Active Roadmap Case Study: Ruston, LA

For our new report—an Active Roadmap: Best Practices in Rural Mobility—the SGA team interviewed rural communities across the country that have implemented successful strategies to improve multimodal transportation access to key destinations. This could be through transportation and/or development decisions such as improving transit access, adopting a Complete Streets policy, thoughtful community engagement methods, investing in downtown revitalization, and more.

Read the report and learn more about the eight other communities we profiled here.


Location: Ruston, LA
Population: 21,987 (2020)
Typologies: Retirement, second-home; Traditional main street; College
Key takeaway: Ruston is implementing changes to their built environment to encourage walking and to connect their communities. These changes have enabled them, in spite of their distance from a large metropolitan area, to remain a vibrant small city that can attract new residents, including students graduating from the local college, while improving the quality of life of their current residents.

A small park with a tent that appears to be covering a stage. There are many people in front of it, many of who are wearing bright pink shirts. A small downtown is in the background

Ruston, LA, is in some ways an island. With no major metropolitan area nearby (the nearest city, West Monroe, is about 30 miles away) and commuter traffic through the area decreasing over the last decade, Ruston has developed an internal resilience, focused on the quality of life of their residents, including supporting Complete Streets, walkability, local restaurants, and downtown programming.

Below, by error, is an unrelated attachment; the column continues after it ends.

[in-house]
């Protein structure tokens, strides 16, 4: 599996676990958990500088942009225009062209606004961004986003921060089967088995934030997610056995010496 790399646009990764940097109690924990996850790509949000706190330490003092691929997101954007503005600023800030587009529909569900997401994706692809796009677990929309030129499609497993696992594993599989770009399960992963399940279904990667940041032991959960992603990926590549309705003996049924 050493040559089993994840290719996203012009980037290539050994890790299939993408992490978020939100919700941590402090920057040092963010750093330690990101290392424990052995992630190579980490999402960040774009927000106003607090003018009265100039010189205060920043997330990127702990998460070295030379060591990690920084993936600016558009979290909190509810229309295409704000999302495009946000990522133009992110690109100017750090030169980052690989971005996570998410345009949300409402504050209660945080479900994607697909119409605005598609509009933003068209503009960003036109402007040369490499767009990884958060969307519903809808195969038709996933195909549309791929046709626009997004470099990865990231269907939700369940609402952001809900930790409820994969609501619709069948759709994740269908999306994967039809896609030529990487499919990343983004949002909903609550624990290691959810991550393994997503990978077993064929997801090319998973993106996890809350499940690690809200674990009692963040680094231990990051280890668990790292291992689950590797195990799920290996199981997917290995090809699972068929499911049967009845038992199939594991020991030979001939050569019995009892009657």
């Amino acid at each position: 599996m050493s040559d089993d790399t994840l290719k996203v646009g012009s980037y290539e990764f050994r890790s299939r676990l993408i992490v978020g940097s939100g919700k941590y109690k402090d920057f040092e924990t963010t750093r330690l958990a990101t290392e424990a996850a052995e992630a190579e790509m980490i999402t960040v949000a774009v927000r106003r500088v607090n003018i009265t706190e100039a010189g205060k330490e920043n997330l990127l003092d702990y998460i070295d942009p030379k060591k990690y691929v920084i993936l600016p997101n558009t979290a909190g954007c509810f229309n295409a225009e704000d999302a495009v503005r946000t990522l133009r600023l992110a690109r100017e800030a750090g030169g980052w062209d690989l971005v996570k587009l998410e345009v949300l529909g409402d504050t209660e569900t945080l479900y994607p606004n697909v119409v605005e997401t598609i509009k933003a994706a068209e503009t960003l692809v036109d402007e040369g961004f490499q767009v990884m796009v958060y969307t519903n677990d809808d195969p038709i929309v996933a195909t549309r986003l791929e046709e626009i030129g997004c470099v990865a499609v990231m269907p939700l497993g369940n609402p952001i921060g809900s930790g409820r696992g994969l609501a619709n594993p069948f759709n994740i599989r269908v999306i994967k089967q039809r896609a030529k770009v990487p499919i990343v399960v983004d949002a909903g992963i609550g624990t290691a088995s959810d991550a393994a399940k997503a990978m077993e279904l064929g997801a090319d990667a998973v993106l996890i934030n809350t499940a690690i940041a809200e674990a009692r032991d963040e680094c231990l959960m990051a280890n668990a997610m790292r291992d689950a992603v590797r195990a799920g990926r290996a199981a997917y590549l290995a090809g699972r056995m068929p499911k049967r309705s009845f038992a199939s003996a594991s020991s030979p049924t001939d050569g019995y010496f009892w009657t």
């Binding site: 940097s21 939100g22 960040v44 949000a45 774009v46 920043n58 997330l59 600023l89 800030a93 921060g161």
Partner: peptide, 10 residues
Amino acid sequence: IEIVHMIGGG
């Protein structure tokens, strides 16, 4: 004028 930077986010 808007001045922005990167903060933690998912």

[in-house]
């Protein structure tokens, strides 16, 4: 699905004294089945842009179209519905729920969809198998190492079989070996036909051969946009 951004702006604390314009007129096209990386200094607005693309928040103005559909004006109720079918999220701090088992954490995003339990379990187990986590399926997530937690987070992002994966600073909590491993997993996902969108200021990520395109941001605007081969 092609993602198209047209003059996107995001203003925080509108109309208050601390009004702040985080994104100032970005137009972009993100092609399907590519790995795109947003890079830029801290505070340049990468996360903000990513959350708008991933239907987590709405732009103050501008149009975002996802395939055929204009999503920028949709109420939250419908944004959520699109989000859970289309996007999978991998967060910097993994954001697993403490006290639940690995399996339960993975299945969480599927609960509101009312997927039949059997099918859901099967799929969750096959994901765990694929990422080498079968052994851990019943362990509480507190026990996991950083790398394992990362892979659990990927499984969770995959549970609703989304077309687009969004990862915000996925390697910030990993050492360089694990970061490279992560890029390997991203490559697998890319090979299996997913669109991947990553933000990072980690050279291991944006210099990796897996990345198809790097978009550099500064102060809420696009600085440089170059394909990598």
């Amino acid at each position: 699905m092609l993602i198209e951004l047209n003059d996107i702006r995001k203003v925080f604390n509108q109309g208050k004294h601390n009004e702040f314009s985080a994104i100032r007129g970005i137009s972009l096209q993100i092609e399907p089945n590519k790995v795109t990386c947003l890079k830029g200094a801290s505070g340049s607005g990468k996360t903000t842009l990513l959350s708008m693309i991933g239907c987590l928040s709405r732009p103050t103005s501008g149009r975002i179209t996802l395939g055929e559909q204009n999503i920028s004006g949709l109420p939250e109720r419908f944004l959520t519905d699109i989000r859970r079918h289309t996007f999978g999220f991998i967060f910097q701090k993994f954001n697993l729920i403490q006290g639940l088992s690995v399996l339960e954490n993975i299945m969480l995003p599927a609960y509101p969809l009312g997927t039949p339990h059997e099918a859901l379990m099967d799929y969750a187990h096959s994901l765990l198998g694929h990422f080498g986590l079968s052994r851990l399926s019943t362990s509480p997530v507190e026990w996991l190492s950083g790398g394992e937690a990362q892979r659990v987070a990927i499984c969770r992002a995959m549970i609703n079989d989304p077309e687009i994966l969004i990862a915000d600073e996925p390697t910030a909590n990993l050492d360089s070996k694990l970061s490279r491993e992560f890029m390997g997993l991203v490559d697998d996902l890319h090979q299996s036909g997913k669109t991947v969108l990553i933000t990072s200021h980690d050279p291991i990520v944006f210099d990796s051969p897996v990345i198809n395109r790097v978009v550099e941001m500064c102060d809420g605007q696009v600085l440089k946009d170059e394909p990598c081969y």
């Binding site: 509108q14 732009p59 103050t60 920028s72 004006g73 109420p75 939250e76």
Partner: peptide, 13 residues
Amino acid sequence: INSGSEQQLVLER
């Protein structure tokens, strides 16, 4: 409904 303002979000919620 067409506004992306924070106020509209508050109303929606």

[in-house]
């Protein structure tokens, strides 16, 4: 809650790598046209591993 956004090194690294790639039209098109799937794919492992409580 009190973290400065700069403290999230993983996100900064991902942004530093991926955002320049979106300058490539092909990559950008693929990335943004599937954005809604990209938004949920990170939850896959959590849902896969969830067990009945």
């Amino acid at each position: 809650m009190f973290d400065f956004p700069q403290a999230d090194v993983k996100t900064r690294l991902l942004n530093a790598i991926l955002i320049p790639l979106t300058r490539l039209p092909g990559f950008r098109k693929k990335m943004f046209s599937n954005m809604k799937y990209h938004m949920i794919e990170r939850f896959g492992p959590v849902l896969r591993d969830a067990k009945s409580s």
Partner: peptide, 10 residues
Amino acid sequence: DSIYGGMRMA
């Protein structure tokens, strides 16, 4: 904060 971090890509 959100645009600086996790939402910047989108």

Ruston’s Monroe Street Corridor is a multi-use greenway that will run from the north city limit to the south city limit, and connect to Louisiana Tech University. The trail will provide a walkable and bikeable connection between the southern part of town, which has historically been a lower-income area with higher percentages of Black, Indigenous, and People of Color (BIPOC) and the northern, wealthier, and predominantly white part of town—two groups that have been divided by interstate highways in the past.

Ruston’s other recent efforts to enhance quality of life include pedestrian-friendly site design. The city’s 2016 Reimagine Ruston plan included a major walkability component, including a requirement for all new buildings and businesses throughout the city to put in sidewalks. They’ve also explored zoning changes to reduce the amount of land used for parking and implemented using a parking calculator to look at private lots with different uses between daytime and night, which resulted in a 20% reduction and increased parking efficiency.

“Downtown has been reborn as a cultural, entertainment, professional, and retail hub, much like its glory days when the town center was the heartbeat of the city.” – Mayor Ronny Walker, Ruston, LA

Rural Development